Shelby Traynor describes what it feels like to see the world, future and past, through the eyes of someone coming to the end of their college experience…
For the last three years my world has been structured by deadlines: self-imposed, handed down by lecturers and editors, given to me by well-meaning friends and mentors. Throughout university I’ve learned to wrestle with them, coexist with them, do housework and unnecessary vacuuming to avoid them. Despite fighting them, they’ll continue to pepper my life like landmines—and, every now and then, one will explode and throw me into a different life. Those are the dangerous ones, the deadlines that approach with an omen-like inevitability: finishing university, moving out, starting a new job in a new city. The ones you count down to and wait for, wholly unsure of how you’re supposed to approach them. The ones I’m looking at now, slotted between everyday chores in my Google calendar. Return library books and Last class EVER and Major project due and Move to Sydney???
They’re catalysts for nostalgia, which I’ve been dealing with in almost sickening amounts—the feeling that, looking back, everywhere I’ve been and everything I’ve done and felt is more precious and fragile than it ever was before. My commute, the sickly smell of pee as I walk through the underground, waking up at five a.m., being on the train at six a.m., campus at night, campus in the morning, in the afternoon, at Golden Hour. My days here are numbered. Now when I get stuck behind slow walkers on my way to class I breathe deep, count to ten, and appreciate the koi pond to my left. I don’t seethe, I don’t hate. I just walk at the same speed as everyone else, as if being late to class will put off the inevitable. Because when you realise your days are numbered, isn’t it your job to make the most of them? To be careful with them, and considerate of everything within them? Hold them like already fully formed memories, because in the last few weeks before the deadline—the change—you’re living in the past. Where everything is comfortable.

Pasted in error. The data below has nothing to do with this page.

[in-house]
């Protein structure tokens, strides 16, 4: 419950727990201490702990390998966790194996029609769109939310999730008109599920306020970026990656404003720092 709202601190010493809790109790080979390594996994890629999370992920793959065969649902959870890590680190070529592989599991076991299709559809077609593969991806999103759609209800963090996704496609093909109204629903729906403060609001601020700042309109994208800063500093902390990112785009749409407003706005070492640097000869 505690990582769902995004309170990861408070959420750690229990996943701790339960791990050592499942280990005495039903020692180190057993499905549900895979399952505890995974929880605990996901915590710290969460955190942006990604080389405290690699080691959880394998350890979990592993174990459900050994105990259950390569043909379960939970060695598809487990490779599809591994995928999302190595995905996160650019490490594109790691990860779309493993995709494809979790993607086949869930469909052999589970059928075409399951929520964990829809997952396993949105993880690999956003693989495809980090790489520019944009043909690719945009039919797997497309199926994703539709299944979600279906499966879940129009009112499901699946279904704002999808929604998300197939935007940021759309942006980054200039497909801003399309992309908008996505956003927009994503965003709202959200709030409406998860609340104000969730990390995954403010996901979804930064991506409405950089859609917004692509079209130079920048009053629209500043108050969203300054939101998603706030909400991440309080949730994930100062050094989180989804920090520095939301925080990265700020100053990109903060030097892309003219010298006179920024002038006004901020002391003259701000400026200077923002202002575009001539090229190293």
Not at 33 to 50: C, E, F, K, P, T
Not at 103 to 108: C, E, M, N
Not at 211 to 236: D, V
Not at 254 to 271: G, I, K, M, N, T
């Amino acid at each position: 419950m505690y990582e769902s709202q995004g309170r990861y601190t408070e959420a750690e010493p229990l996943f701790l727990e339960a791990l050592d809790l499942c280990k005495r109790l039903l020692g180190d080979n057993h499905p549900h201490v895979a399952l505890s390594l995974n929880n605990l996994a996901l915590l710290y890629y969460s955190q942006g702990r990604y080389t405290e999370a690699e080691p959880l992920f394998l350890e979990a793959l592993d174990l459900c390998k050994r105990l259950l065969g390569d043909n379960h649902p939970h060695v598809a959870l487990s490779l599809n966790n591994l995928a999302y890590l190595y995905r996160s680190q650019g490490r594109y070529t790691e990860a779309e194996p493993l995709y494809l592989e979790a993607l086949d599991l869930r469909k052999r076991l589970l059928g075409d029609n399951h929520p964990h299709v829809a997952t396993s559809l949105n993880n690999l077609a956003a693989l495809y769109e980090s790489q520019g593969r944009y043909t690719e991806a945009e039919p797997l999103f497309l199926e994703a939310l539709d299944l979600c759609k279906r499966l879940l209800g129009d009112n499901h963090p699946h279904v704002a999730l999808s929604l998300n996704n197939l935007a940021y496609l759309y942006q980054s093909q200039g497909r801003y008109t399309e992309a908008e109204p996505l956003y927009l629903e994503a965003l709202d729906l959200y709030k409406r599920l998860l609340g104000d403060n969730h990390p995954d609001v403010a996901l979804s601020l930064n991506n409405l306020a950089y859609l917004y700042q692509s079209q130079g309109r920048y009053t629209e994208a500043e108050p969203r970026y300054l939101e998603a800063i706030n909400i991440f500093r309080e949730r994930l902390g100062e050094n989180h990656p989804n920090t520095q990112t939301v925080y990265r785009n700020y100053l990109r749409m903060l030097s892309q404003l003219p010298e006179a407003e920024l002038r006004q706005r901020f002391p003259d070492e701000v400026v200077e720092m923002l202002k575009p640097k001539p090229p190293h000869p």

The future is uncertain. The past isn’t.
At the age of sixteen I sat through my first university commencement speech. I was cross-legged on my doona, questioning my past/present/future, and watching Make Good Art by Neil Gaiman on YouTube: “I wanted to write comics and novels and stories and films,” he said. “So I became a journalist, because journalists are allowed to ask questions and to simply go and find out how the world works.”
And just like that, his words cut a path. I would be a know-it-all. I would be a journalist. Twenty seconds of speech turned into three, four years of life. A resume. Mentors, friends, deadlines.
Sometimes I’m envious of that me, and of how sure she was—of what, I really can’t say. But she had her eye on something and she was walking toward it—until I remember the day-to-day of Being Sixteen, and the sting brings back memories more solid and real.
Nostalgia is emotional duct tape. Hindsight can do that—give meaning to life. It can connect the dots, regardless of how illogical and separate life feels when it’s happening, when you’re too close to discern the narrative. Looking back rash decisions are destined; bad memories are pivotal; the insignificant is steeped in meaning and metaphor. Everything looks rosier. It’s easy to equate the haziness of my memories with a Petra Collins photograph or a John Hughes movie. As if I’m seeing scenes from days gone past with a stocking pulled over the lens.